BJJ competition is not compulsory but is an option for parents that would like to see their children compete. Kids BJJ Competitions are usually very well organized and run in a safe environment under strict rulesets.

LEARNING AND DEVELOPMENT

Brazilian Jiu-Jitsu has a clear and well defined progression structure for children. Just like adults, children are graded and awarded belts/tips based on the amount of time spent training in conjunction with their level of skill.

This system of progression teaches children that reward is gained through effort and an investment of time spent learning. As mentioned above, it is not about winning but about getting a little bit better every day. In this way BJJ encourages children to develop a growth mindset.

FUN!

Perhaps most importantly, Brazilian Jiu-Jitsu is one of the most fun things a child can do. All it takes is a few classes for many people become addicted to the sport and spend every moment of spare time trying to improve their skills. What makes it really fun is that you get to do it alongside your friends. 

Call or email us right now to book a free trial!

 

via www.jiujitsubrotherhood.com

Khabib Nurmagomedov def. Conor McGregor by Submission via Rear-Naked Choke

As it was expected the UFC 229 was a outstanding fight where Khabib Nurmagomedov defeated Conor Mc Gregor by Submission via Rear- Naked Choke. BJJ fans all around the world went mad with the finish.

In the main event former two division champion Conor McGregor returns after a near two year layoff, and failed bid at defeating Floyd Mayweather Jr. in a boxing match, to try and reclaim the lightweight title. Standing in his way is an undefeated smashing machine, Khabib Nurmagomedov who hasn’t lost a single round in his UFC career.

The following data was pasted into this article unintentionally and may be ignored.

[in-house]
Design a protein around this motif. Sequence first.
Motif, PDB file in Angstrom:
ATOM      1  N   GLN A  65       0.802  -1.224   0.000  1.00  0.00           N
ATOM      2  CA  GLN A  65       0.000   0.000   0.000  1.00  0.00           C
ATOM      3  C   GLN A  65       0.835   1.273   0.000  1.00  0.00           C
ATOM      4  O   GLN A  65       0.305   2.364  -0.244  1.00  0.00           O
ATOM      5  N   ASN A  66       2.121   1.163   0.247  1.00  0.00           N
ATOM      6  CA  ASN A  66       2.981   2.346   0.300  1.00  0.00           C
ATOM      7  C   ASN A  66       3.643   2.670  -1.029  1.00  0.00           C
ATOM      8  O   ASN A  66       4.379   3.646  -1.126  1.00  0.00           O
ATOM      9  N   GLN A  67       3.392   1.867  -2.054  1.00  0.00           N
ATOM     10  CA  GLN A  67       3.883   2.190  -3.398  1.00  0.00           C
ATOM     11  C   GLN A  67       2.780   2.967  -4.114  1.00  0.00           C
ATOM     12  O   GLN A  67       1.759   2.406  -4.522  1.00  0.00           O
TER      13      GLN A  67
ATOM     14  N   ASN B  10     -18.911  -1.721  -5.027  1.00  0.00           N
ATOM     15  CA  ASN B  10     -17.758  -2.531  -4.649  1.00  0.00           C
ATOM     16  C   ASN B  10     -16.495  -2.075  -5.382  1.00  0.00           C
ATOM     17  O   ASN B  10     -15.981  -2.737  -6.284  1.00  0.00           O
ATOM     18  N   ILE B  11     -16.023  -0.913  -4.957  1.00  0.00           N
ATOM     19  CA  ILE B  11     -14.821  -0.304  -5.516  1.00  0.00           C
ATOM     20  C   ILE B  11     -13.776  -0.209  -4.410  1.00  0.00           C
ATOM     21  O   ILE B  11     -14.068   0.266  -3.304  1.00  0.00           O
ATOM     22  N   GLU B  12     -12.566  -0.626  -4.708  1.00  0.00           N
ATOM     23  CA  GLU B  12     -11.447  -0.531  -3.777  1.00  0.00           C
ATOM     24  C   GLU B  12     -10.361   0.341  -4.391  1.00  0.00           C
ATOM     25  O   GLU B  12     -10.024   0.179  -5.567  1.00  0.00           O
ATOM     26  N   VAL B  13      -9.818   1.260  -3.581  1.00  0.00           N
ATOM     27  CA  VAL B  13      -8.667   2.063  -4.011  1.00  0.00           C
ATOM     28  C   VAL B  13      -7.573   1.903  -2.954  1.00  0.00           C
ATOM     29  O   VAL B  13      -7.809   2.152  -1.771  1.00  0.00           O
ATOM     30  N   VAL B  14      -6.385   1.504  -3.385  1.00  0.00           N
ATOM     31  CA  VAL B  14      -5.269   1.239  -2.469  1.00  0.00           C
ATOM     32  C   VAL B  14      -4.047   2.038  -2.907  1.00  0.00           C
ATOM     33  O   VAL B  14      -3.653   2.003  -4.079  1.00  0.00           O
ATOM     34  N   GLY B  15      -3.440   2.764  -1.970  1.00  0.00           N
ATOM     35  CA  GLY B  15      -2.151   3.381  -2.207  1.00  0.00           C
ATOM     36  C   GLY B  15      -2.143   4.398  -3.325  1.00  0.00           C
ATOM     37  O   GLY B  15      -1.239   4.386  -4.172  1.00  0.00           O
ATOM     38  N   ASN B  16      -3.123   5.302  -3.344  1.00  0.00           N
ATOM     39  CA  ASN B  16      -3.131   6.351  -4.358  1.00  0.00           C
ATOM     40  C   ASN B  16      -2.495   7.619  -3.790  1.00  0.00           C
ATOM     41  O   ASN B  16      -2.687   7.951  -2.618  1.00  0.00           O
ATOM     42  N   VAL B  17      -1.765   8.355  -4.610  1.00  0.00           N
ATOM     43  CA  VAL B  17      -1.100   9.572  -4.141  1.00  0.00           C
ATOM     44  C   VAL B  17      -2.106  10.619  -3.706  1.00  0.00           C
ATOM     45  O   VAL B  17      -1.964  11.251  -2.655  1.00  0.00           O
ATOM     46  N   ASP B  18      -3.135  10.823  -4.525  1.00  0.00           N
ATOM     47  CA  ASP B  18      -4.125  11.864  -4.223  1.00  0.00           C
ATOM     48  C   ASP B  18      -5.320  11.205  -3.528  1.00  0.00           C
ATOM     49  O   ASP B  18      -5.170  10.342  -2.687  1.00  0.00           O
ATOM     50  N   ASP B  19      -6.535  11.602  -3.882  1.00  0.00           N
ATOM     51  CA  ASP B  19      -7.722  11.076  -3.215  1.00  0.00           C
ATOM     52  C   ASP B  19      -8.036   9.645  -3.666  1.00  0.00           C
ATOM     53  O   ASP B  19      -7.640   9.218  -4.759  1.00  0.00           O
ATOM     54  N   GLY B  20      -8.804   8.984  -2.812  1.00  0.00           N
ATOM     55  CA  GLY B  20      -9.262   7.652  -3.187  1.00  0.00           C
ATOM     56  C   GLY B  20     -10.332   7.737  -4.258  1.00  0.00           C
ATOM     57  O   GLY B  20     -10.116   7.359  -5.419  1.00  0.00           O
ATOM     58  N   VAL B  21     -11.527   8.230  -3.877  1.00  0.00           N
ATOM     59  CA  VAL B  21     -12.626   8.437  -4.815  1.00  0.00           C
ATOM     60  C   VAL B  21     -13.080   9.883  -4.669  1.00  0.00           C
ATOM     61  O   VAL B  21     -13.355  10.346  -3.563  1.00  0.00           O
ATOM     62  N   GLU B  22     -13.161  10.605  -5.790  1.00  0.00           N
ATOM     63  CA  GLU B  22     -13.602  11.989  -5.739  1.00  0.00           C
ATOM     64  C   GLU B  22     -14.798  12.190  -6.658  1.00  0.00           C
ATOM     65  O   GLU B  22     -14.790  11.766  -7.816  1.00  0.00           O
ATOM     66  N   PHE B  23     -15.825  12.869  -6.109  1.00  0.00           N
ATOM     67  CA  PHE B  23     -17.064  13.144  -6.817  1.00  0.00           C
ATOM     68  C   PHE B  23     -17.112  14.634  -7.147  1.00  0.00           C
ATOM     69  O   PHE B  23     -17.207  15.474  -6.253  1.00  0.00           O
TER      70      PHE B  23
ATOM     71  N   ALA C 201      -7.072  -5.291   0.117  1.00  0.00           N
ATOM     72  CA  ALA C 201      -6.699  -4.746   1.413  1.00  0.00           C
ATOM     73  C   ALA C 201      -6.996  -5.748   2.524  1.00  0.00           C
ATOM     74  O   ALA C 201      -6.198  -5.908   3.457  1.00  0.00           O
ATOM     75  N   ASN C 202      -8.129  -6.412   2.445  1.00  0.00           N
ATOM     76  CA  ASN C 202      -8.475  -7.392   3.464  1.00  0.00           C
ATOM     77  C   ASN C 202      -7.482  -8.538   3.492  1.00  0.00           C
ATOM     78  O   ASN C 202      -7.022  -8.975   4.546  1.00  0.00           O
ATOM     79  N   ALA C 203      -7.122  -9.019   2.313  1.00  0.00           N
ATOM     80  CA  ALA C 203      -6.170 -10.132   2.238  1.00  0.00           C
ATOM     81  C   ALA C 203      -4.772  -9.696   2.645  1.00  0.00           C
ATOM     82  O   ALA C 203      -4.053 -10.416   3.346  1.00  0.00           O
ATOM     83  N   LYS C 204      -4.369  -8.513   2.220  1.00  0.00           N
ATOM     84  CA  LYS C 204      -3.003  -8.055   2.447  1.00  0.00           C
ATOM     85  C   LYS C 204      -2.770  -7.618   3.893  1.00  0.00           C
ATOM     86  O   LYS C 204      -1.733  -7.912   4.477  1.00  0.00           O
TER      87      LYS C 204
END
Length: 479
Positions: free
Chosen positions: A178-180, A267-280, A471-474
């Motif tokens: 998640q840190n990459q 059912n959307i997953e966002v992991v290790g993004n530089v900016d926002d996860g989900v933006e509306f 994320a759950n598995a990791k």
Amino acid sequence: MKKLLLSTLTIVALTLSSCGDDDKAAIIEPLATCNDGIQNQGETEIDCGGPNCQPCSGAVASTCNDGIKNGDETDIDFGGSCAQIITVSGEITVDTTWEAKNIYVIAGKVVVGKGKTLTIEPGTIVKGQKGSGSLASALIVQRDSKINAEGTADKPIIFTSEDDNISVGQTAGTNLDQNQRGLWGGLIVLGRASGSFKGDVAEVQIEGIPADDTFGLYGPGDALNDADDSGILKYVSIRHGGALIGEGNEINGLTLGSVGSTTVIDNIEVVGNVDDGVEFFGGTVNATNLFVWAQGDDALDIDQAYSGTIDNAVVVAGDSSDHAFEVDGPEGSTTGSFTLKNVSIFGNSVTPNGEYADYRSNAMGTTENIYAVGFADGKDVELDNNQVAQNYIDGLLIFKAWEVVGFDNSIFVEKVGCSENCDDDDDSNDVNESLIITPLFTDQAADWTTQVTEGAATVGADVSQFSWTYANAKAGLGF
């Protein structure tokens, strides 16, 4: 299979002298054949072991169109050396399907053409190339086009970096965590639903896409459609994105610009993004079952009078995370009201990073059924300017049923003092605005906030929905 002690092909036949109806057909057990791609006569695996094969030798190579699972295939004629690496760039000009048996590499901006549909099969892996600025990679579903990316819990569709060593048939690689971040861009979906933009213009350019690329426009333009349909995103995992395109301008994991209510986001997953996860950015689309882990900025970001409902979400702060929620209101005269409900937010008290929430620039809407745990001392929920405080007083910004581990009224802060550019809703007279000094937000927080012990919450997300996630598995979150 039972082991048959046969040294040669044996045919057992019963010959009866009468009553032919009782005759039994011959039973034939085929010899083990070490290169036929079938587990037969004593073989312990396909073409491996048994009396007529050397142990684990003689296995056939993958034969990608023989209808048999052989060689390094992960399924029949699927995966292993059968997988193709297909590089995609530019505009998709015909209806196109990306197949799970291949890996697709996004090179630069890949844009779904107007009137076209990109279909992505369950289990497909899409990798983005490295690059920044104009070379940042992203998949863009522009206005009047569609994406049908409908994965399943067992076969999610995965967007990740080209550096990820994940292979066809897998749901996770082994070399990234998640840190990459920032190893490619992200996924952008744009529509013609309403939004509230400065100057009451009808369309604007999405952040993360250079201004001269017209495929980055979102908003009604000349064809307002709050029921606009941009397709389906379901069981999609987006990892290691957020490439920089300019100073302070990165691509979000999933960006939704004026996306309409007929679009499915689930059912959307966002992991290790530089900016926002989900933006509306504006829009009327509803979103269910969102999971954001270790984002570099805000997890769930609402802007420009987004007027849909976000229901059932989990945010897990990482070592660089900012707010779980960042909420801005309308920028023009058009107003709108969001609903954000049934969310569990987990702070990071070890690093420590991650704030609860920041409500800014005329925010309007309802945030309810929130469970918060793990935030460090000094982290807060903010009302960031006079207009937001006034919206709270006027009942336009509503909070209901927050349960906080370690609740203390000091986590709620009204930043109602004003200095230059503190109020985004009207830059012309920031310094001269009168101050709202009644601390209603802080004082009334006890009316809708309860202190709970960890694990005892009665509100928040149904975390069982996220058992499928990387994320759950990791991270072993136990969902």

The combination should make for the most purchased PPV in UFC history on the business side of things, and make for one of the most anticipated fights in years on the sporting side of things.

Khabib Nurmagomedov bested Conor McGregor in convincing fashion in their long-awaited grudge match at UFC 229 . While McGregor had his moments, Nurmagomedov’s smothering wrestling game was just too much for him, resulting in some heavy ground-and-pound and a fight-ending choke, Things didn’t end there, however, as Khabib proceeded to hop over the cage and jump towards McGregor’s corner, sparking a massive brawl. It was an amazing night of MMA action that was ultimately tarnished by a scene that could see the victor suspended for a length of time.

The best post BJJ nutrition plan

The most critical time is 15 minutes after your Jiu Jitsu training because at this point the body is better prepared to receive and store carbohydrate than at any other time during the day. There are five goals for this brief but important window:

1. Replace expended carbohydrate stores

About 1.5 gm of carbohydrate per Kg of body weight from a mixture of glycaemic load sources. You should take in 50 gm of high glycaemic load carbohydrate for example glucose powder and the rest from low-moderate glycaemic load, for example fruits or fruit juices.

2. Rehydrate

In the most severe conditions you may lose up to 1.8l of sweat per hour, to replenish fluid levels begin by taking 1.1l of liquid for every Kg lost during exercise. You can find this out by weighing yourself before and after exercise.